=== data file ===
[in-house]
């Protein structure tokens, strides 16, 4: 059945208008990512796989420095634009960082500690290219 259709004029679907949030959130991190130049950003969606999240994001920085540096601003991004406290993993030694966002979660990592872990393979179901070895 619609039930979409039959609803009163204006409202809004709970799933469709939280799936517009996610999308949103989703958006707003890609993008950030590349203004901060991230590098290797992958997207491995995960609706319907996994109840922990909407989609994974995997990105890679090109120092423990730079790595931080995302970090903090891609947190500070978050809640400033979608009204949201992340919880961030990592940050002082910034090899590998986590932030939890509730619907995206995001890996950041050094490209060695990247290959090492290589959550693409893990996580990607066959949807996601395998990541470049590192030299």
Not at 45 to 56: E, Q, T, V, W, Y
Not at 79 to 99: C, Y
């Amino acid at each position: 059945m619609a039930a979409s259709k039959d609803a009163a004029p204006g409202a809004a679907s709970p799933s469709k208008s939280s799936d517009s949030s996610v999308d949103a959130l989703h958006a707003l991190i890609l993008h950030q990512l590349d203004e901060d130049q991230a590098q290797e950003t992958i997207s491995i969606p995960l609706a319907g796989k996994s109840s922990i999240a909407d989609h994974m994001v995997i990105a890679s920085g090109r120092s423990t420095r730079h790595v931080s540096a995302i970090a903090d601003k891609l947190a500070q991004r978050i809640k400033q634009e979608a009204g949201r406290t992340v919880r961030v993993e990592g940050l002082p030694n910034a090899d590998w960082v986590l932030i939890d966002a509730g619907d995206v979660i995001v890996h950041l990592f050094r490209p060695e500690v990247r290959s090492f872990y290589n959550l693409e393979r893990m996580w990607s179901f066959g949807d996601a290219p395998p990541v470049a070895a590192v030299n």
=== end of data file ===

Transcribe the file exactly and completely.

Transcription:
[in-house]
């Protein structure tokens, strides 16, 4: 059945208008990512796989420095634009960082500690290219 259709004029679907949030959130991190130049950003969606999240994001920085540096601003991004406290993993030694966002979660990592872990393979179901070895 619609039930979409039959609803009163204006409202809004709970799933469709939280799936517009996610999308949103989703958006707003890609993008950030590349203004901060991230590098290797992958997207491995995960609706319907996994109840922990909407989609994974995997990105890679090109120092423990730079790595931080995302970090903090891609947190500070978050809640400033979608009204949201992340919880961030990592940050002082910034090899590998986590932030939890509730619907995206995001890996950041050094490209060695990247290959090492290589959550693409893990996580990607066959949807996601395998990541470049590192030299």
Not at 45 to 56: E, Q, T, V, W, Y
Not at 79 to 99: C, Y
């Amino acid at each position: 059945m619609a039930a979409s259709k039959d609803a009163a004029p204006g409202a809004a679907s709970p799933s469709k208008s939280s799936d517009s949030s996610v999308d949103a959130l989703h958006a707003l991190i890609l993008h950030q990512l590349d203004e901060d130049q991230a590098q290797e950003t992958i997207s491995i969606p995960l609706a319907g796989k996994s109840s922990i999240a909407d989609h994974m994001v995997i990105a890679s920085g090109r120092s423990t420095r730079h790595v931080s540096a995302i970090a903090d601003k891609l947190a500070q991004r978050i809640k400033q634009e979608a009204g949201r406290t992340v919880r961030v993993e990592g940050l002082p030694n910034a090899d590998w960082v986590l932030i939890d966002a509730g619907d995206v979660i995001v890996h950041l990592f050094r490209p060695e500690v990247r290959s090492f872990y290589n959550l693409e393979r893990m996580w990607s179901f066959g949807d996601a290219p395998p990541v470049a070895a590192v030299n």